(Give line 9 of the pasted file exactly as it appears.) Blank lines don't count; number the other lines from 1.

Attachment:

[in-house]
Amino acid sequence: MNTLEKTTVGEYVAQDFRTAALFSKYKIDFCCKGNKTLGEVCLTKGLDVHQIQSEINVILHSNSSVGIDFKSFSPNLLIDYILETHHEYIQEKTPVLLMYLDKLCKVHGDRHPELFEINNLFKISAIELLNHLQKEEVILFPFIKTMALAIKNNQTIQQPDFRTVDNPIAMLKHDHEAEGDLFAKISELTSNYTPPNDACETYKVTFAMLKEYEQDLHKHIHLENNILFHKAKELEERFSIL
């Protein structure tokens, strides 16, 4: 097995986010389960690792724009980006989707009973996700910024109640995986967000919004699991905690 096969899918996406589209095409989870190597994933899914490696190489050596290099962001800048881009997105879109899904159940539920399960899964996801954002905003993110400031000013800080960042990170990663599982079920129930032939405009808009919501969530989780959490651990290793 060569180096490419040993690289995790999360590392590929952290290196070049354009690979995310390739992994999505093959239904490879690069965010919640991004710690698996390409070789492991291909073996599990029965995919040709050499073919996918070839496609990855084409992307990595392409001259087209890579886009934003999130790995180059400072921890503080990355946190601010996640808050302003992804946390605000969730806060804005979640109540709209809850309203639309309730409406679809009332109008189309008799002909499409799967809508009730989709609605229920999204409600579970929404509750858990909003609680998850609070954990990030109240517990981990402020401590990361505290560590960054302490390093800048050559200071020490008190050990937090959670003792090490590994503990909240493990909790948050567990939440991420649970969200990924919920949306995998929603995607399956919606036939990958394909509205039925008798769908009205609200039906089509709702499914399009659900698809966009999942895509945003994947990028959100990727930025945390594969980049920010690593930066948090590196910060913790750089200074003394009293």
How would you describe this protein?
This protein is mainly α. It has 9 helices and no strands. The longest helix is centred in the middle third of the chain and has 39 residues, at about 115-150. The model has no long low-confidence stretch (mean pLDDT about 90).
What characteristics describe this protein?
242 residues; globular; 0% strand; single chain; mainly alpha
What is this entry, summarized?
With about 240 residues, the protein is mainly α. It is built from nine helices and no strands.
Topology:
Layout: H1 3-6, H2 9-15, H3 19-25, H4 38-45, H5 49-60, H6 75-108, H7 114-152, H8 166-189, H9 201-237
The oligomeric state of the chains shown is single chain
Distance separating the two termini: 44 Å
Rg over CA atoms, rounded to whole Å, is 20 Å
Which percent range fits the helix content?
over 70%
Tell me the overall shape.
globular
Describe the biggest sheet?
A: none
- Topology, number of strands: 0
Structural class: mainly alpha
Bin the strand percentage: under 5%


With about 240 residues, the protein is mainly α. It is built from nine helices and no strands.